More than half of immigrant farmworkers are in the United States illegally. The crackdown on undocumented immigrants through immigrant checkpoints and other measures has had an unfortunate impact on agriculture in Texas.
A report in The Observer noted the predicament of Bernie Thiel. The farmer near Lubbock in Texas was forced to watch his yellow squash crop rot away.
The problem was not disease or pests. Instead, restrictions on immigrant workers meant he could not hire anybody to pick the crops.
He even reduced the acreage of the plants to squash from 160 acres seven years ago to 60 acres now. The immigrant workforce he used is aging and there is no replacement.
The Observer reported that as well as the squash he has labor-intensive crops including zucchini, okra, and tomatoes. These crops have to be picked by hand.
Thiel has 35 employees who work round the clock. It’s unforgiving work. Many Americans won’t do it. He relies on immigrant labor from countries like Mexico.
However, as many as 50 to 70 percent of immigrant farmworkers are in the United States illegally. As many as 1.6 million undocumented workers are in Texas.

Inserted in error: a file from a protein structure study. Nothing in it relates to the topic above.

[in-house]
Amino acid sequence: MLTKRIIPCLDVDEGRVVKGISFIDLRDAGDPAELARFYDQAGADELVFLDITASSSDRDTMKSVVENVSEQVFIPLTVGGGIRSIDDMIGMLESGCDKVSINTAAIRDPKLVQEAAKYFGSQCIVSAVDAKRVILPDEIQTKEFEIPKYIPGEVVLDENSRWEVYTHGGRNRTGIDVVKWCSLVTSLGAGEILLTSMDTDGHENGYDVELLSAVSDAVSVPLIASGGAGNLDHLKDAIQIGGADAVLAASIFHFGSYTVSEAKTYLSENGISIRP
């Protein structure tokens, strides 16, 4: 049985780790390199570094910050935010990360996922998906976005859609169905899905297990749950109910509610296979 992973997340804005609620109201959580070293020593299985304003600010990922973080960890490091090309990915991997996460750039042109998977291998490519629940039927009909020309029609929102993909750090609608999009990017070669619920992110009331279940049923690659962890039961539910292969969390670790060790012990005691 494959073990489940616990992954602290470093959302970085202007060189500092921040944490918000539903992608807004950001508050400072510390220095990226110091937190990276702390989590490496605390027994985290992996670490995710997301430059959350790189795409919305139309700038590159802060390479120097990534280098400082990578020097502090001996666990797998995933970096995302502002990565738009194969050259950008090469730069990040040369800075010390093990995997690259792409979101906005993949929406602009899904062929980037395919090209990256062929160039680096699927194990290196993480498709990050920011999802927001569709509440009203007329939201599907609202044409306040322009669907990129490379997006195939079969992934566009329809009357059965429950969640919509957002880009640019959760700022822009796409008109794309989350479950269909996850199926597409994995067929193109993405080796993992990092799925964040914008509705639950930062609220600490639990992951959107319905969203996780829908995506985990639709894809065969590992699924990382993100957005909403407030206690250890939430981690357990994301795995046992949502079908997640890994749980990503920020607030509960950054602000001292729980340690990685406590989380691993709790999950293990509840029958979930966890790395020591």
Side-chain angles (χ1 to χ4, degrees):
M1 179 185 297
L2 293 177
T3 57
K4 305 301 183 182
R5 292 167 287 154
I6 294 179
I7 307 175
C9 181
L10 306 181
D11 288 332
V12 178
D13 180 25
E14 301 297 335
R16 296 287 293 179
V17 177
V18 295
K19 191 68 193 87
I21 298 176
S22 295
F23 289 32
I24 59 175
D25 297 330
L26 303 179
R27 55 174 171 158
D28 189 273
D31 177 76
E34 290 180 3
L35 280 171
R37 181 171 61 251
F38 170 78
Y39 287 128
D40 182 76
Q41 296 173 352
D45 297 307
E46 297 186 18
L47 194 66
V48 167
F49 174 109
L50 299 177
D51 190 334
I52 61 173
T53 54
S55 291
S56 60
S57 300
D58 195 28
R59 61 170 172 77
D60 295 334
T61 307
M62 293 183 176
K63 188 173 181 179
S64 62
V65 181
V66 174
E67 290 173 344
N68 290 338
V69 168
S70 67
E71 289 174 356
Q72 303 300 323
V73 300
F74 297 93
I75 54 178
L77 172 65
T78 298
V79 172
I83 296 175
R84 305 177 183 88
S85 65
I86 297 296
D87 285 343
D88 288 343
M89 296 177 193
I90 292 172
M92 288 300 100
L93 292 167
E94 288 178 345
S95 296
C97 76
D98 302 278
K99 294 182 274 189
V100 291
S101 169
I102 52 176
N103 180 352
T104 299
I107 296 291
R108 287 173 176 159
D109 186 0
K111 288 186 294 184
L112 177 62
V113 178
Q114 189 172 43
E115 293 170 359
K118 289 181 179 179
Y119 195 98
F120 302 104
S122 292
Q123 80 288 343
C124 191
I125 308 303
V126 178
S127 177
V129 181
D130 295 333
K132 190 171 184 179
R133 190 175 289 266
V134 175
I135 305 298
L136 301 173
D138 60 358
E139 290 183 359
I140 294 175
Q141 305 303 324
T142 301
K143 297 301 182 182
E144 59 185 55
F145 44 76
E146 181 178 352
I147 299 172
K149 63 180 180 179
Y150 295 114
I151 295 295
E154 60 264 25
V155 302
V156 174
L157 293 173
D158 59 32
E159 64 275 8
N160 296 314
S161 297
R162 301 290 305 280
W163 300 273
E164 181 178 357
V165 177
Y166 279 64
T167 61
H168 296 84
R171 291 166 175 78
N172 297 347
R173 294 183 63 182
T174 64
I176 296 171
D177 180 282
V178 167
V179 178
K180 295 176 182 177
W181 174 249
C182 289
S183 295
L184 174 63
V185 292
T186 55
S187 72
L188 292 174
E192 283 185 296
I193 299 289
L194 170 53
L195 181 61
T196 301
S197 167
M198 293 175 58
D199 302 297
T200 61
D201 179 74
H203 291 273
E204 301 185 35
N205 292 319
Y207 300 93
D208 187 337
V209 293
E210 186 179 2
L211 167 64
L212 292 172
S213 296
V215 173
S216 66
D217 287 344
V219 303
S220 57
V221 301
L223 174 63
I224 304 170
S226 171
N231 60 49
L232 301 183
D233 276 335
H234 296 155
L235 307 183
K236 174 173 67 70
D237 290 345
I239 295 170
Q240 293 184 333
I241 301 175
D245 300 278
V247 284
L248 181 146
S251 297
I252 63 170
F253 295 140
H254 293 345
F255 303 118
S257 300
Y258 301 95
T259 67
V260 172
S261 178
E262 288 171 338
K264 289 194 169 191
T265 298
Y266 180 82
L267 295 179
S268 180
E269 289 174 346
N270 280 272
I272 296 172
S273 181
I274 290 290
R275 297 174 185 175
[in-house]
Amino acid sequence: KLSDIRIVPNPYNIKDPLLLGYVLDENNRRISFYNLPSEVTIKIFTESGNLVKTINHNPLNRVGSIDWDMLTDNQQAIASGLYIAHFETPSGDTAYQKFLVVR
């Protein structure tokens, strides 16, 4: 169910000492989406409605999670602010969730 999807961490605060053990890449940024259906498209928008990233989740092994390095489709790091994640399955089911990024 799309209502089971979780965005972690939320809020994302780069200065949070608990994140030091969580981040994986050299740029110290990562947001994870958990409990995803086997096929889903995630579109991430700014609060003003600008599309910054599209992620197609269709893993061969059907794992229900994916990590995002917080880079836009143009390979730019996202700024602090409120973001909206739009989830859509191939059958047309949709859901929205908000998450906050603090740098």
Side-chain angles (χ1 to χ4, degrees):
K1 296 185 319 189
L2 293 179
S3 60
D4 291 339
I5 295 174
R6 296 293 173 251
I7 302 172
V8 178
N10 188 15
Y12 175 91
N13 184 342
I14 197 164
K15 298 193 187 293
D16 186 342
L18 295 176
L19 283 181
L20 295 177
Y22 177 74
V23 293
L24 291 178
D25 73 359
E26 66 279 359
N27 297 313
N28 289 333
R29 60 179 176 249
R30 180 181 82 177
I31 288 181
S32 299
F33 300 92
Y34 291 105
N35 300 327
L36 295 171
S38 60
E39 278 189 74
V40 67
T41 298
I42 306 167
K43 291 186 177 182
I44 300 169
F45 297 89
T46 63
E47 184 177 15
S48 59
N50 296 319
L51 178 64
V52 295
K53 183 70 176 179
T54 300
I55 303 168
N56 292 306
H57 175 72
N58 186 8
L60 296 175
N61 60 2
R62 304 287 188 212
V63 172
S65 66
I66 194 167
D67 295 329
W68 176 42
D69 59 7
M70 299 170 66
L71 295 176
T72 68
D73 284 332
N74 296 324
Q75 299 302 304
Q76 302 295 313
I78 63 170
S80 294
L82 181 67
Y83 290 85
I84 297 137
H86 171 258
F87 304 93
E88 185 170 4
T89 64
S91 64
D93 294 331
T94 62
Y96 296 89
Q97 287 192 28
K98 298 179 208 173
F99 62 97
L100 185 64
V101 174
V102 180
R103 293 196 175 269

Undocumented workers will tolerate tough conditions and lower pay more than people legally in the United States, according to research. Many of those workers who can help on the land live in the Rio Grande Valley, near the Texas-Mexico border. Although large populations of immigrants are found in Houston and other Texas cities, many already work in non-agricultural industries.
Although the valley which is close to Mexico, has a surplus of undocumented workers, they would have to travel on major highways to get to many of the parts of Texas that need labor. They would pass immigration checkpoints and risk deportation.
The Observer reported Hildalgo County alone has as many as 100,000 undocumented people.
Thiel’s farm has an uncertain future due to the labor shortage. Most of his current workers were hired the Reform and Control Act, Reagan era legislation. The law granted amnesty to immigrants who entered the country before 1982.
Other Texas farmers are suffering from the labor shortage. The Observer reported how Erath County dairy operator Sonja Koke told the U.S. House Agriculture Committee over the summer she struggles to hire year-round help for her 200-cow dairy.
She said every day the farm is seeking workers. Farmers in the equine and beef cattle export industries report similar problems.
In 2017, we noted how the threats of increased deportations may impact businesses.
If you are seeking visas for temporary workers or have other immigration issues, please contact our experienced Texas immigration lawyers at (512) 474-4445.